Monday, April 17, 2017


How is XML different from HTML?

The eXtensible Markup Language (XML) describes the content in terms of what data is being described rather than how it’s to be displayed. Instead of being locked into standard tags and formats for data, users can build their own markup languages to accommodate particular data formats and needs.
For example, say you want to capture a credit card number.

In HTML, the paragraph tags (<p> and </p>) are used to define text and numeric elements. Almost any text or graphic can fall between these tags and be treated as a paragraph. The HTML code could appear as:


The browser will interpret the data contained within the
<p> and </p> tags as a separate paragraph. However, the paragraph tags tell us nothing about the data contained within them. A better approach lies in creating tags that actually describe the data contained within them. Using XML we could create a “credit card number” tag that’s used exclusively for credit card data:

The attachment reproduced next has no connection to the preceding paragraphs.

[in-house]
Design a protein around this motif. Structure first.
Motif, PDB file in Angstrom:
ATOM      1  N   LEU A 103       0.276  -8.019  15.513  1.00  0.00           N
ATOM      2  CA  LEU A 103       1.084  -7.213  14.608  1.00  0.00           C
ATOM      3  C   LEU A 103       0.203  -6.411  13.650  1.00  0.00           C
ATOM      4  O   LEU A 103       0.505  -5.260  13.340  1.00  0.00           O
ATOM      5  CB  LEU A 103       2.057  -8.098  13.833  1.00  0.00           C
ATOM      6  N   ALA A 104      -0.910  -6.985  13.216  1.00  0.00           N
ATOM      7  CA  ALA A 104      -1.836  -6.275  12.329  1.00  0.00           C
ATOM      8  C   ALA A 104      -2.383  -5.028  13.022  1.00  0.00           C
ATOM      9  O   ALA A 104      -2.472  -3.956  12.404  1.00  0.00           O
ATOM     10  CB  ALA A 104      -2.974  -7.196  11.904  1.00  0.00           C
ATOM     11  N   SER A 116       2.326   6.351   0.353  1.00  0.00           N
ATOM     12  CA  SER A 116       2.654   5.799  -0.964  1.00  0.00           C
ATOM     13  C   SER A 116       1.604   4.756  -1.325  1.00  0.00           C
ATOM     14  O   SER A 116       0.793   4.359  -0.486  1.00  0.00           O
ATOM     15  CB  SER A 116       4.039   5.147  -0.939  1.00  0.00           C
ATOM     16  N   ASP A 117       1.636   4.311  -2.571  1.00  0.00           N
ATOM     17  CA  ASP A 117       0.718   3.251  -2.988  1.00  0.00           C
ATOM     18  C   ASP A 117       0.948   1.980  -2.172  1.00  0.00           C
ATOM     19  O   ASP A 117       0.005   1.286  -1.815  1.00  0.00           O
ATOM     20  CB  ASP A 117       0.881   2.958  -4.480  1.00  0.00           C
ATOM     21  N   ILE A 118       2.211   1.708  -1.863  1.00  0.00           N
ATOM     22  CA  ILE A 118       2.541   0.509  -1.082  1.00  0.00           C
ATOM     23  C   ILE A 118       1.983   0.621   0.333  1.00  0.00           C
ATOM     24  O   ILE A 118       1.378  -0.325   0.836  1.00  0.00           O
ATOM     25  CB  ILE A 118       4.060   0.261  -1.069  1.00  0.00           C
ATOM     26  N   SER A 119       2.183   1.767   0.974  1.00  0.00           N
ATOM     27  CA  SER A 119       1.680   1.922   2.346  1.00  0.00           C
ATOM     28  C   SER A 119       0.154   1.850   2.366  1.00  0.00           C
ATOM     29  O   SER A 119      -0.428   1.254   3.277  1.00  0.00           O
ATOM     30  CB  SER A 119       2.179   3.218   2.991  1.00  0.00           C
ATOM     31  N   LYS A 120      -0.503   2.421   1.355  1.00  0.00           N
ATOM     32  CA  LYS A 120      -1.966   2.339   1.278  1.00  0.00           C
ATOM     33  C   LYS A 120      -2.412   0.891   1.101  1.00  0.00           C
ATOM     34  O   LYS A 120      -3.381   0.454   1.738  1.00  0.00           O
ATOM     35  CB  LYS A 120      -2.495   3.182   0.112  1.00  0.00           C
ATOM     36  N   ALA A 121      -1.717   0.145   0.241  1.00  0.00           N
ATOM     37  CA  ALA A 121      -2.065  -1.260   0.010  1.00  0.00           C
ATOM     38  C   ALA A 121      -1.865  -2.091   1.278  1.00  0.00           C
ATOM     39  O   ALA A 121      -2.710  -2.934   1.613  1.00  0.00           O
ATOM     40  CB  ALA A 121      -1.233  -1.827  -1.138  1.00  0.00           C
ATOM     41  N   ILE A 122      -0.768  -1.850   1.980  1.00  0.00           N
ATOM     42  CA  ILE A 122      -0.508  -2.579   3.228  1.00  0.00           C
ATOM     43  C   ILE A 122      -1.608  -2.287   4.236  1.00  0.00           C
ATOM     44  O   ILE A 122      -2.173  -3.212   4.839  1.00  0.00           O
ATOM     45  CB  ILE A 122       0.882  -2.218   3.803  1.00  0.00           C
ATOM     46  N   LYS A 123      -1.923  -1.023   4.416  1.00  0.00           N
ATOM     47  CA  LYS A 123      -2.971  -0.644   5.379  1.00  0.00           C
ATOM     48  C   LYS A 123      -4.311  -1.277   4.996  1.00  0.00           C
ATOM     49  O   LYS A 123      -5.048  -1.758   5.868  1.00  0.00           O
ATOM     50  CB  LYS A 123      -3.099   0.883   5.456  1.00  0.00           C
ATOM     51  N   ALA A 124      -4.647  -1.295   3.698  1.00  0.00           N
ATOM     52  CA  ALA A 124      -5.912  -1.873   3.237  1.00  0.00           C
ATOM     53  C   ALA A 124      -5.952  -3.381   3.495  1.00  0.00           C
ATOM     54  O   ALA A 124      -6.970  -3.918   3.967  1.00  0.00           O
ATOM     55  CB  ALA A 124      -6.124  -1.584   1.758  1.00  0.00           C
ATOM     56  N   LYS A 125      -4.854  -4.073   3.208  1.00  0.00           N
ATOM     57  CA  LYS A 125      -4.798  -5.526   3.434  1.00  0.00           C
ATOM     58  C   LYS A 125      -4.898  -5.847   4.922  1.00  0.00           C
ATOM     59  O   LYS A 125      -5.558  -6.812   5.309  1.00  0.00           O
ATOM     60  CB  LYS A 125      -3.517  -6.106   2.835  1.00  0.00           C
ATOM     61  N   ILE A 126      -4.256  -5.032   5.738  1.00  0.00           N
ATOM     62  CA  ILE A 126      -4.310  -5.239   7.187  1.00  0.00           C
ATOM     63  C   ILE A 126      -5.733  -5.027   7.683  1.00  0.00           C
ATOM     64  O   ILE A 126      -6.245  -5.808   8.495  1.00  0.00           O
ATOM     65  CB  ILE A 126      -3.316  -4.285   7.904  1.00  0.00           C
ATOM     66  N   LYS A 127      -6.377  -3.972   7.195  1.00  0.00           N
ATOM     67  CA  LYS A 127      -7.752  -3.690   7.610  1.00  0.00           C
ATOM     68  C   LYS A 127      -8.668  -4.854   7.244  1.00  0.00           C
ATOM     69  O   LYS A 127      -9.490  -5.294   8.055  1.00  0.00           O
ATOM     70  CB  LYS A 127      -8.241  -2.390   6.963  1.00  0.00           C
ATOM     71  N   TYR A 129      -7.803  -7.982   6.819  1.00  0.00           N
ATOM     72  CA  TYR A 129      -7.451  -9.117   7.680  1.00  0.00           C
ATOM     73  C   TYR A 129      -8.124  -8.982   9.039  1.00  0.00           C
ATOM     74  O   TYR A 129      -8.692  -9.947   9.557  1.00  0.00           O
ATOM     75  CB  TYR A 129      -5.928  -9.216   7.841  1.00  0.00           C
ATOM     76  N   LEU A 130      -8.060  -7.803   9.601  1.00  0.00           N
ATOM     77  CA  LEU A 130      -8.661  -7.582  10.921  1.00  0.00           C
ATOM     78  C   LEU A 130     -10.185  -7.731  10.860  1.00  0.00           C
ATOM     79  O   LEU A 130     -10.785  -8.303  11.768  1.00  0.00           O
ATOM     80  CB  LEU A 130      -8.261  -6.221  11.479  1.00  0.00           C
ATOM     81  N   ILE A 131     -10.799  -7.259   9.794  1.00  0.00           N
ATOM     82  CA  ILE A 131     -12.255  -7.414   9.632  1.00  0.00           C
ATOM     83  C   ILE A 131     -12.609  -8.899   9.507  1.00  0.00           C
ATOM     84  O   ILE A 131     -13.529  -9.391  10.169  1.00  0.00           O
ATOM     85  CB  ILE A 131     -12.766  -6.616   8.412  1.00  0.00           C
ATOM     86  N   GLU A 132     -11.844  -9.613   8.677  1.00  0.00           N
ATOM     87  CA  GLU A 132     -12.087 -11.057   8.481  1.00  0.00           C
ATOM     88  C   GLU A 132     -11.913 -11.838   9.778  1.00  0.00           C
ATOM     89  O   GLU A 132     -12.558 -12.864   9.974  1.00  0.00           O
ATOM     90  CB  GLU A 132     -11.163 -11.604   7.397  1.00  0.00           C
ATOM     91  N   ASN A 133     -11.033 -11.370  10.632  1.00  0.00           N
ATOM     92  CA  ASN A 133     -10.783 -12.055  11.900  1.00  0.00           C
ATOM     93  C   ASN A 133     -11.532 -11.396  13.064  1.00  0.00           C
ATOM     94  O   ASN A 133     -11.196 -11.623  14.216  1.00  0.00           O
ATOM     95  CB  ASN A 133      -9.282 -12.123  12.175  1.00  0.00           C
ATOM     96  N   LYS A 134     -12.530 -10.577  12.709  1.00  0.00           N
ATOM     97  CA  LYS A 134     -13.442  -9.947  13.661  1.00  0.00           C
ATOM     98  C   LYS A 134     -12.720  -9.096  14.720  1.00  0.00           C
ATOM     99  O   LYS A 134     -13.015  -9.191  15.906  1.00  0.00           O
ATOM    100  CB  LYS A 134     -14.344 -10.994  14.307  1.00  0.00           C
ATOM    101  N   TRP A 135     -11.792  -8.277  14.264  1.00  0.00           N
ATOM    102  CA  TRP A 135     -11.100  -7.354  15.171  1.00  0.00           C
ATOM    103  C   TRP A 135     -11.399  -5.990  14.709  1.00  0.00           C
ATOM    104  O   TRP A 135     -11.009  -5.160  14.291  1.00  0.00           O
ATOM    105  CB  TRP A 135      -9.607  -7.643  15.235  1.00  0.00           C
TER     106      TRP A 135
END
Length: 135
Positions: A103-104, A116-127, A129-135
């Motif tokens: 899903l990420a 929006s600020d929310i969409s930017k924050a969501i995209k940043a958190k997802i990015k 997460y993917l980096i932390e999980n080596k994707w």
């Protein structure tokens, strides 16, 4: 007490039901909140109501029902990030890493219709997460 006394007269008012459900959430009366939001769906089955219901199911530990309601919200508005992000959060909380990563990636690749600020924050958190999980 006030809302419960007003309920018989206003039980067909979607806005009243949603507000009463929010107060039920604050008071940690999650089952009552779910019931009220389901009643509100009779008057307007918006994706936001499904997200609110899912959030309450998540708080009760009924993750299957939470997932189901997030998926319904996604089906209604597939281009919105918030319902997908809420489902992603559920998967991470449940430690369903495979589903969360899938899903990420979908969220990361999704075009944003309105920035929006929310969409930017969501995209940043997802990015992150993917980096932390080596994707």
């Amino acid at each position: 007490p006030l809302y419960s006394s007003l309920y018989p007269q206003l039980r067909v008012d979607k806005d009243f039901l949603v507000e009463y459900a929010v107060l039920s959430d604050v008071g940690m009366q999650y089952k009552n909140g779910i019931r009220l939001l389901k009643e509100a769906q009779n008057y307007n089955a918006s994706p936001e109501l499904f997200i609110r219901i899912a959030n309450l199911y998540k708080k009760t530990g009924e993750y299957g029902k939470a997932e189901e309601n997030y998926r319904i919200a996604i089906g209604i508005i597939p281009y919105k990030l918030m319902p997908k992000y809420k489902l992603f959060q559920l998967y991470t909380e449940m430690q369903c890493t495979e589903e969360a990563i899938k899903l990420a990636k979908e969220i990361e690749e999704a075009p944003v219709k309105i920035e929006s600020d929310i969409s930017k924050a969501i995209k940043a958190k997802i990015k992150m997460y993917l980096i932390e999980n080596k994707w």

In addition, HTML tags don’t provide any methodology for data validation. If we needed a tag for an age field, we know a person’s age can only be between 0 and 120, but any data may be inserted between <p> and </p> tags. How would we know if the age was valid? XML schema diagrams (XSDs) allows you to specify all kinds of data validation for a specific XML tag. An XSD schema definition that restricts age to be in the range 0, 120 would read:

<xs:simpleType name= “age”>
 <xs:restriction base=“xs:integer”>
 <xs:minInclusive value=“0”/>
 <xs:maxInclusive value=“120”/>

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